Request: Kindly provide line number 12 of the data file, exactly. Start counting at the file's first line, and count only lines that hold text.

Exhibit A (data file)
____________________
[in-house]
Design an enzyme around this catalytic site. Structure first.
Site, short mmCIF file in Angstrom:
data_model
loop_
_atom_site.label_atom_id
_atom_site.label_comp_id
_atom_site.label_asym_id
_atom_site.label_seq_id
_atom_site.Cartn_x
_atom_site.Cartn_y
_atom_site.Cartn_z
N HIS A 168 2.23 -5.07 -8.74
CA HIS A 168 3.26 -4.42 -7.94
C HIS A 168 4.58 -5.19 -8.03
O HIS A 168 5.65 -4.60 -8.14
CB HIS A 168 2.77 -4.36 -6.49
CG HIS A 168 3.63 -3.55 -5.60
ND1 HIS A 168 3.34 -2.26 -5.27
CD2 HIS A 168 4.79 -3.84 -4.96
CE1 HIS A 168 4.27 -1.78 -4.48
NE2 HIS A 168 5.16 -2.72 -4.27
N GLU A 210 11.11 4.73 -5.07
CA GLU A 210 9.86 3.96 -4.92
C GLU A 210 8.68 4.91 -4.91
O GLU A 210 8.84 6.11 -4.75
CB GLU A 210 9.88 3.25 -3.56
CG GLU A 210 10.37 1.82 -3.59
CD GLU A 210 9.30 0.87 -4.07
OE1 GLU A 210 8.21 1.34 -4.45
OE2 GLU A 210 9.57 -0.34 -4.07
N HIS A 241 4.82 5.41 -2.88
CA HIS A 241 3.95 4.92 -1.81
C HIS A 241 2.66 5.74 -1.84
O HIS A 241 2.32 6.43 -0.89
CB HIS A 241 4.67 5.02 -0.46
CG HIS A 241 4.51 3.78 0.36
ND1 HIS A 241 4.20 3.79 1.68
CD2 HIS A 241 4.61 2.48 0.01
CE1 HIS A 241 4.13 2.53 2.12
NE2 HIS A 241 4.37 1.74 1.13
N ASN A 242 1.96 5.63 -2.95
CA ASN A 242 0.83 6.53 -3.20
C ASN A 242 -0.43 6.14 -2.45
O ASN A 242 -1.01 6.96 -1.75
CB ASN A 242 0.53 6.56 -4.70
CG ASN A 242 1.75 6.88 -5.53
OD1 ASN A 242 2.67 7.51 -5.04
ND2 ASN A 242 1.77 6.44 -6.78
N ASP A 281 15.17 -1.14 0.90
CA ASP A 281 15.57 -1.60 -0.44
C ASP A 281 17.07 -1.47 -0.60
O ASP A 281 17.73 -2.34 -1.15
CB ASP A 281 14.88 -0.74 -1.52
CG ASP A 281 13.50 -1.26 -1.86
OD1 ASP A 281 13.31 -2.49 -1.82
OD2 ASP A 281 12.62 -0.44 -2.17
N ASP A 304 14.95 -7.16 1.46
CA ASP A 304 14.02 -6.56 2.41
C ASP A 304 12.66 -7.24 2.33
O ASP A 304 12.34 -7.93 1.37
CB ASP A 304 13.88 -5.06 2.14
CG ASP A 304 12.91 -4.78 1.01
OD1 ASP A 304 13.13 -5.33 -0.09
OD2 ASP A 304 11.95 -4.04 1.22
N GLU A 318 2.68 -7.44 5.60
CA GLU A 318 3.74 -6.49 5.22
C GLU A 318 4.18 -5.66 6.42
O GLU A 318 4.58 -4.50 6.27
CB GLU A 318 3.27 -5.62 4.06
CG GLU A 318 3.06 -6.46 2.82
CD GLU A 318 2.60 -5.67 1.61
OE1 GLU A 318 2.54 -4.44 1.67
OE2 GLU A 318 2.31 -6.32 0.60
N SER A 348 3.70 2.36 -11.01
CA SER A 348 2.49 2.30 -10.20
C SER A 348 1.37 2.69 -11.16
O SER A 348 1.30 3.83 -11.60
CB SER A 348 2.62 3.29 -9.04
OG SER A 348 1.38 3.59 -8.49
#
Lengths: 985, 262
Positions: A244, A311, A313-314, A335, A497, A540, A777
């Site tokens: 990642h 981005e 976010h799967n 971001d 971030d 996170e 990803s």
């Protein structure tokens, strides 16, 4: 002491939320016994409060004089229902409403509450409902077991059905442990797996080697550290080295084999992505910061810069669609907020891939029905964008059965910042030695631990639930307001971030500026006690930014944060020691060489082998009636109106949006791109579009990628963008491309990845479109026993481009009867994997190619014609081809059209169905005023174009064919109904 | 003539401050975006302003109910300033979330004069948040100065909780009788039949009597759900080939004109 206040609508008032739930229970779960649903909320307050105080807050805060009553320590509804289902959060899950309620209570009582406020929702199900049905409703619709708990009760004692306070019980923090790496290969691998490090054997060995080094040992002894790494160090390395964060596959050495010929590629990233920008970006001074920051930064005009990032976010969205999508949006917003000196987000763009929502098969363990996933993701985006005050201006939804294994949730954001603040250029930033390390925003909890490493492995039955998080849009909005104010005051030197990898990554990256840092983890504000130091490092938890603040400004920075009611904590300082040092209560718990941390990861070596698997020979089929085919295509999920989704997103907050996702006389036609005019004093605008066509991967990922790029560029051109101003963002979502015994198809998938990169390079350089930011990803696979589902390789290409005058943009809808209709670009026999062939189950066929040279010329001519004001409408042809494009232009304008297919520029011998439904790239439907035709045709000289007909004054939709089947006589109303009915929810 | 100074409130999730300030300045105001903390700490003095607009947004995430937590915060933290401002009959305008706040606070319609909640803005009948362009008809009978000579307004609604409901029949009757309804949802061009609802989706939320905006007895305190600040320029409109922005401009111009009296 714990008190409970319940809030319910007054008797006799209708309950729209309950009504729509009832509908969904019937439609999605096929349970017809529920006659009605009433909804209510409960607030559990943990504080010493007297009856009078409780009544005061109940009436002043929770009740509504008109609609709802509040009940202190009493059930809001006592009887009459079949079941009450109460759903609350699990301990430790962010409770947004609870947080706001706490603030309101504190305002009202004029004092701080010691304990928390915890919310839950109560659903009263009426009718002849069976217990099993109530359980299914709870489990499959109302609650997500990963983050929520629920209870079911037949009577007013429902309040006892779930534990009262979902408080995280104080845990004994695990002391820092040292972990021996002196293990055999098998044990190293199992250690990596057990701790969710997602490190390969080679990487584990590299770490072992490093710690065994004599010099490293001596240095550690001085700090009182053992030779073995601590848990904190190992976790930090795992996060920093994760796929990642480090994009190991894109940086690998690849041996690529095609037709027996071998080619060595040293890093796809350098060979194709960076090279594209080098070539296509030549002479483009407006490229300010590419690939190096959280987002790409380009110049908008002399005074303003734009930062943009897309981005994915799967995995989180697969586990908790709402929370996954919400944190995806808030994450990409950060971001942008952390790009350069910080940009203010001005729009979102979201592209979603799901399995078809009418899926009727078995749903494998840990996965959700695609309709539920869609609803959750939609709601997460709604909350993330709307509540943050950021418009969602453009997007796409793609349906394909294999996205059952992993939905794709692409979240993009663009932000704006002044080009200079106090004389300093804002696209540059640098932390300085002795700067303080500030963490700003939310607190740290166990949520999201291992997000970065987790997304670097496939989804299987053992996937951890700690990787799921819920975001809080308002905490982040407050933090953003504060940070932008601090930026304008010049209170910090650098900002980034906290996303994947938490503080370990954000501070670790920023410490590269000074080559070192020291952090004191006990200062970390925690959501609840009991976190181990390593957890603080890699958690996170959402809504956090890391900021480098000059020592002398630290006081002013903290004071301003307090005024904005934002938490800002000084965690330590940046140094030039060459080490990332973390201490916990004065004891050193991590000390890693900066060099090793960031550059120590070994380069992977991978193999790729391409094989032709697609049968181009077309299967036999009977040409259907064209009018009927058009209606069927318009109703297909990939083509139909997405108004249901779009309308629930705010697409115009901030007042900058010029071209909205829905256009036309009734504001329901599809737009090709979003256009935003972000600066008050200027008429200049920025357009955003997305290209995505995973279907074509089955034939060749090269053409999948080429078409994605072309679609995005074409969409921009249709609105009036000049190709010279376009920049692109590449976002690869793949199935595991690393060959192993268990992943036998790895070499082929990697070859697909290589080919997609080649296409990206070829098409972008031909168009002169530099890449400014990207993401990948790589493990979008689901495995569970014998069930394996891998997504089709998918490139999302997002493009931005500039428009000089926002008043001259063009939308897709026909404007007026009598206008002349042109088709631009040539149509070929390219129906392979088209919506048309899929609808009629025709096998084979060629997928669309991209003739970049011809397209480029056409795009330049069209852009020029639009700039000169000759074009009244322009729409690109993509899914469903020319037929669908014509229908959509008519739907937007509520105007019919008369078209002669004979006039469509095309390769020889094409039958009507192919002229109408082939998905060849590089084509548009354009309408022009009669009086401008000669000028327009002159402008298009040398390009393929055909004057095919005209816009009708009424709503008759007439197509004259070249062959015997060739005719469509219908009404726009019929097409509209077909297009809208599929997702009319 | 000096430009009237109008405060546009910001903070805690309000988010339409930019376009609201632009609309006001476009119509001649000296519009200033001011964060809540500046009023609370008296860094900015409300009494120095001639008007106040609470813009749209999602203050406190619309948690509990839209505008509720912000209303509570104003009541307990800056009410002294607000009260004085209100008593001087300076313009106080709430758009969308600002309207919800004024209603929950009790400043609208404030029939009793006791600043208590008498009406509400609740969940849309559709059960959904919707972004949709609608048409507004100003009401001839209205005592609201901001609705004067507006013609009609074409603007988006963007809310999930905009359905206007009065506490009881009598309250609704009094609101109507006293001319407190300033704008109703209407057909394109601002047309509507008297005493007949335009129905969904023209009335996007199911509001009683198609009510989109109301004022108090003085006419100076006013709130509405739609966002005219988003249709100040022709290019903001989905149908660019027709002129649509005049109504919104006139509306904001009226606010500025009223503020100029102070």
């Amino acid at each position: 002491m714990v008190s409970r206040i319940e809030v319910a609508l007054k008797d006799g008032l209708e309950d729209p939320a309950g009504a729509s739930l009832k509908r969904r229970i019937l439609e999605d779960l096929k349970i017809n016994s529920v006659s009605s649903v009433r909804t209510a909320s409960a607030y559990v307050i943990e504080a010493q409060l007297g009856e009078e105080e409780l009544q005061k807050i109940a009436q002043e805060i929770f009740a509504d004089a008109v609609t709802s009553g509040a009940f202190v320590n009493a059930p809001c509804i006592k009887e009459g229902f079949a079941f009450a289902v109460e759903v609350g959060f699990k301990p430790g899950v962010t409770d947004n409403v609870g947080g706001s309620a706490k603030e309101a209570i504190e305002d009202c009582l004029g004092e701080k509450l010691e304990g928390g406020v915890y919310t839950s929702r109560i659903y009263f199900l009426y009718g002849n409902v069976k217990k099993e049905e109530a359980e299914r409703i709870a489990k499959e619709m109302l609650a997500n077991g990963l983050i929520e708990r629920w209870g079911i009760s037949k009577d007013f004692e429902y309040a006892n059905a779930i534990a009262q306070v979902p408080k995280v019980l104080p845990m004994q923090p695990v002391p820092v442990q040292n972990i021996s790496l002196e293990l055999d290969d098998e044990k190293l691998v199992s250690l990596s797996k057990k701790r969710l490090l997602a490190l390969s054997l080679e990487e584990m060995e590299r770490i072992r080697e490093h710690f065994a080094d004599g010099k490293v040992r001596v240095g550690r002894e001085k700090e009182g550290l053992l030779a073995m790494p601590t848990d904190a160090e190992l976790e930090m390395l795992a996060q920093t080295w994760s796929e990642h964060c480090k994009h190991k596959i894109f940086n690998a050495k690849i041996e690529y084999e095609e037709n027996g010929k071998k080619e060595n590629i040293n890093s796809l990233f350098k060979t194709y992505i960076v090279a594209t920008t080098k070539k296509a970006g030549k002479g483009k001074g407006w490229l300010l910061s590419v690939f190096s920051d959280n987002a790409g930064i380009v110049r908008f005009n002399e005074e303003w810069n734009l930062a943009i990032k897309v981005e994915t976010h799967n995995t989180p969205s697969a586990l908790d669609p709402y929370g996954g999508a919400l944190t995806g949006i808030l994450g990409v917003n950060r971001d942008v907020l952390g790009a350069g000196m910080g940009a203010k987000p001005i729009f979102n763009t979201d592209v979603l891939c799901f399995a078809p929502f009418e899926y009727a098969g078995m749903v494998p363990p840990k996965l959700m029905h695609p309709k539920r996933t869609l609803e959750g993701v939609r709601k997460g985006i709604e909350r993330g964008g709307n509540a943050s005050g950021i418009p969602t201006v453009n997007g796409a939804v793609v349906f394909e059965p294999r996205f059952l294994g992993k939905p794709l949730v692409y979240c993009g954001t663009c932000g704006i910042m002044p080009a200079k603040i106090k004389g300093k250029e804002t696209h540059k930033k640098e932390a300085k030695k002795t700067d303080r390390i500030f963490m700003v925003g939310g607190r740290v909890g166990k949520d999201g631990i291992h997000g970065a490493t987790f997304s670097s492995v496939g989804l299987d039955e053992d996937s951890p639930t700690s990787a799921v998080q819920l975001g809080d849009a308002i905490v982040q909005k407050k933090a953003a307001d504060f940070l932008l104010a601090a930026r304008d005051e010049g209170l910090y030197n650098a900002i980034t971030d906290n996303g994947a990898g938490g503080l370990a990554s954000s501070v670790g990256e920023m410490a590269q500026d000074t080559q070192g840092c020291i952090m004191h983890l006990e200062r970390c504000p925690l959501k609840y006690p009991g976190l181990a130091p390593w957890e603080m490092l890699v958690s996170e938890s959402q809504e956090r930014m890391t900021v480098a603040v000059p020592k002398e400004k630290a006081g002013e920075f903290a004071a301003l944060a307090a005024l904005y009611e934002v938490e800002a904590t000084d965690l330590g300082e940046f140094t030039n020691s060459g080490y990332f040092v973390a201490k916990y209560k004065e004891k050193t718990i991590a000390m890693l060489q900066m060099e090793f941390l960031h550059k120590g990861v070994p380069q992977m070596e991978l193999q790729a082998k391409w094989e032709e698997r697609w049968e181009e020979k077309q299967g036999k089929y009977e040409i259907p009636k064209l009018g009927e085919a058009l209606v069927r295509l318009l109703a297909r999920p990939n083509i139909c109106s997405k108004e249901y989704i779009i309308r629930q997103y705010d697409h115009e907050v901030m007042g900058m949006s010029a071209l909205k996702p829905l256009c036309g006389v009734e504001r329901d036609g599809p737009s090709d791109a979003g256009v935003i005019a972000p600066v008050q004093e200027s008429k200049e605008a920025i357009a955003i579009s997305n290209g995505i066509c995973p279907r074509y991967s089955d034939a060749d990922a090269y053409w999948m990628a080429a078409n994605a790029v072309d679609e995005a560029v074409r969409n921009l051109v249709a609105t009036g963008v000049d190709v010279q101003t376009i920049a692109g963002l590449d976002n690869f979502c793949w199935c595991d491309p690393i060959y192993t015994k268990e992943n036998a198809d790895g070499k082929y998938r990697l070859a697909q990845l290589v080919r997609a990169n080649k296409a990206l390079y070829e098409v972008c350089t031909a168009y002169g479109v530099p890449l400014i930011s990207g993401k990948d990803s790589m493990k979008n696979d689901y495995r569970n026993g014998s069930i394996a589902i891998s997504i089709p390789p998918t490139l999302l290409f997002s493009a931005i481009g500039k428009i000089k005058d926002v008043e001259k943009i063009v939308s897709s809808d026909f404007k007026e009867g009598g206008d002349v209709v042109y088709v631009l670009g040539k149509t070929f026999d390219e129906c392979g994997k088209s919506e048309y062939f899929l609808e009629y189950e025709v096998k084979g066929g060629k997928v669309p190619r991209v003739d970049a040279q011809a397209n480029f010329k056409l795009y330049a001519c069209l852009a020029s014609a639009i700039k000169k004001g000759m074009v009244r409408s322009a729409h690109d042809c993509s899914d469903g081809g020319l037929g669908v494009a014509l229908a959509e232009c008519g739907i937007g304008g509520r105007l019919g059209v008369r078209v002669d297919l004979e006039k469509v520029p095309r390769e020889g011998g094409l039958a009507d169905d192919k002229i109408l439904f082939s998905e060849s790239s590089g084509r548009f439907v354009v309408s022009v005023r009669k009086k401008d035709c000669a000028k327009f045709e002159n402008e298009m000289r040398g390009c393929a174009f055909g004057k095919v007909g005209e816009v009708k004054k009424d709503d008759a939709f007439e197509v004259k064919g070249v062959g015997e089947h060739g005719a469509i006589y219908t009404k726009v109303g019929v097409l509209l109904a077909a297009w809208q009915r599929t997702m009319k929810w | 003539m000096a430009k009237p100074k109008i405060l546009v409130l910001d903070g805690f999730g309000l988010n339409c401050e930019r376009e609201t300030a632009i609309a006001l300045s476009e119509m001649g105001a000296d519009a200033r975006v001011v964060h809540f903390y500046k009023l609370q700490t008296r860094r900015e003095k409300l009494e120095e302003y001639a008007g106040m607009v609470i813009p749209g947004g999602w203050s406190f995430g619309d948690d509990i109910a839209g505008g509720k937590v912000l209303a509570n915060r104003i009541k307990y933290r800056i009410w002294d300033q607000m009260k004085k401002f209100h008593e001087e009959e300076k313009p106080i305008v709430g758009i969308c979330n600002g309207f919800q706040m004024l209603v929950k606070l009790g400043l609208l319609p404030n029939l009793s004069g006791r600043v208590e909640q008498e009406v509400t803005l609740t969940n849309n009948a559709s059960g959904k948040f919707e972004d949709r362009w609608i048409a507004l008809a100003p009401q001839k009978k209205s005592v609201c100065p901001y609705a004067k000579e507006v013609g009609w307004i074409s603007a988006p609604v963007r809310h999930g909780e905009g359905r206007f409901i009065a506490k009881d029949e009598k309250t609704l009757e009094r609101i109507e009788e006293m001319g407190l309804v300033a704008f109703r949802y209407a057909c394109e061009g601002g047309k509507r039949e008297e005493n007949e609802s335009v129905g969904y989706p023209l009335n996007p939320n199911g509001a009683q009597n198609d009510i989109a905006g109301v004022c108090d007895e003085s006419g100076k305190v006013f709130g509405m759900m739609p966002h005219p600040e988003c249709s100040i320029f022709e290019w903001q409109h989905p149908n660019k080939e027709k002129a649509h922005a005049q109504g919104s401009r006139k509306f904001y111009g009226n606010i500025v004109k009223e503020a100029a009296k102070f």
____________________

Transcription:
_atom_site.Cartn_z